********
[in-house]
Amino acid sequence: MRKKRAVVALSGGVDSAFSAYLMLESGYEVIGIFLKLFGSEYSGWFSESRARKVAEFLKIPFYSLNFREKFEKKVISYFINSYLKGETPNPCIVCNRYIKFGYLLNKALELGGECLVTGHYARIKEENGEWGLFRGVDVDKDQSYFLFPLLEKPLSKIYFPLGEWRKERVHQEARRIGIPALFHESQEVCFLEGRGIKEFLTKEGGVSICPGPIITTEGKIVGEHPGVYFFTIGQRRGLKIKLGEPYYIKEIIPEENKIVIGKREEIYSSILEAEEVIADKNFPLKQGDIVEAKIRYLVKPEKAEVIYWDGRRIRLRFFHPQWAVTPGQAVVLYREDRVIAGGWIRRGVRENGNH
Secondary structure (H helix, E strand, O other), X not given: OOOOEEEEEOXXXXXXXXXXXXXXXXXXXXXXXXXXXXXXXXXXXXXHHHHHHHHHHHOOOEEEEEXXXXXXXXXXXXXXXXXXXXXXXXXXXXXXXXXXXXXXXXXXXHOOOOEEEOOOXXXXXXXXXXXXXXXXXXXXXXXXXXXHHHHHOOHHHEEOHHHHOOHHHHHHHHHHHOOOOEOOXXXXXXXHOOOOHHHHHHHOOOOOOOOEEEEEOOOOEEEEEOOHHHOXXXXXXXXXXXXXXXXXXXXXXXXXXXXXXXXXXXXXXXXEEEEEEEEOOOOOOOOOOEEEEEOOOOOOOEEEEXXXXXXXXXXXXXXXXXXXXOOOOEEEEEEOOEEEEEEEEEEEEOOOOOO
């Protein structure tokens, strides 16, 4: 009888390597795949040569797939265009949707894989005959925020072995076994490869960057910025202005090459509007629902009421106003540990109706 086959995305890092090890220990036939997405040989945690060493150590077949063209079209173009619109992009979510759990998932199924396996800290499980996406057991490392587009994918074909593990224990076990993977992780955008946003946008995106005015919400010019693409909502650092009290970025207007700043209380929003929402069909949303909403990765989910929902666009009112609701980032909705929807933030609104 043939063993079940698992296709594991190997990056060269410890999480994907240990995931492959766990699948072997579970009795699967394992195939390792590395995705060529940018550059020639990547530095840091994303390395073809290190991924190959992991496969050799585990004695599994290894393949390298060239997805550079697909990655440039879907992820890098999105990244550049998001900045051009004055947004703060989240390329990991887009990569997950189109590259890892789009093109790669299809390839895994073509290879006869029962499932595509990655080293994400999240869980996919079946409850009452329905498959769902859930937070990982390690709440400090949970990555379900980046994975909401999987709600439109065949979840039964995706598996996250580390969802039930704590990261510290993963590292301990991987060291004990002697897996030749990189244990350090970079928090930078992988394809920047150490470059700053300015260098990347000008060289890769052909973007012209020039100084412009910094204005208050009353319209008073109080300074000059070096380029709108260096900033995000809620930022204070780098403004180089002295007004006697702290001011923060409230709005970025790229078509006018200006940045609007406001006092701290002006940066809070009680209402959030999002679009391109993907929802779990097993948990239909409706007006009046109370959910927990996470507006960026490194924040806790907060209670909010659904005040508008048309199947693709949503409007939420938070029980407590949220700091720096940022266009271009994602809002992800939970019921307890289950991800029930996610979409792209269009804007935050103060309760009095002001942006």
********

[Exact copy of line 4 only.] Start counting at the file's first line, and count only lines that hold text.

């Protein structure tokens, strides 16, 4: 009888390597795949040569797939265009949707894989005959925020072995076994490869960057910025202005090459509007629902009421106003540990109706 086959995305890092090890220990036939997405040989945690060493150590077949063209079209173009619109992009979510759990998932199924396996800290499980996406057991490392587009994918074909593990224990076990993977992780955008946003946008995106005015919400010019693409909502650092009290970025207007700043209380929003929402069909949303909403990765989910929902666009009112609701980032909705929807933030609104 043939063993079940698992296709594991190997990056060269410890999480994907240990995931492959766990699948072997579970009795699967394992195939390792590395995705060529940018550059020639990547530095840091994303390395073809290190991924190959992991496969050799585990004695599994290894393949390298060239997805550079697909990655440039879907992820890098999105990244550049998001900045051009004055947004703060989240390329990991887009990569997950189109590259890892789009093109790669299809390839895994073509290879006869029962499932595509990655080293994400999240869980996919079946409850009452329905498959769902859930937070990982390690709440400090949970990555379900980046994975909401999987709600439109065949979840039964995706598996996250580390969802039930704590990261510290993963590292301990991987060291004990002697897996030749990189244990350090970079928090930078992988394809920047150490470059700053300015260098990347000008060289890769052909973007012209020039100084412009910094204005208050009353319209008073109080300074000059070096380029709108260096900033995000809620930022204070780098403004180089002295007004006697702290001011923060409230709005970025790229078509006018200006940045609007406001006092701290002006940066809070009680209402959030999002679009391109993907929802779990097993948990239909409706007006009046109370959910927990996470507006960026490194924040806790907060209670909010659904005040508008048309199947693709949503409007939420938070029980407590949220700091720096940022266009271009994602809002992800939970019921307890289950991800029930996610979409792209269009804007935050103060309760009095002001942006």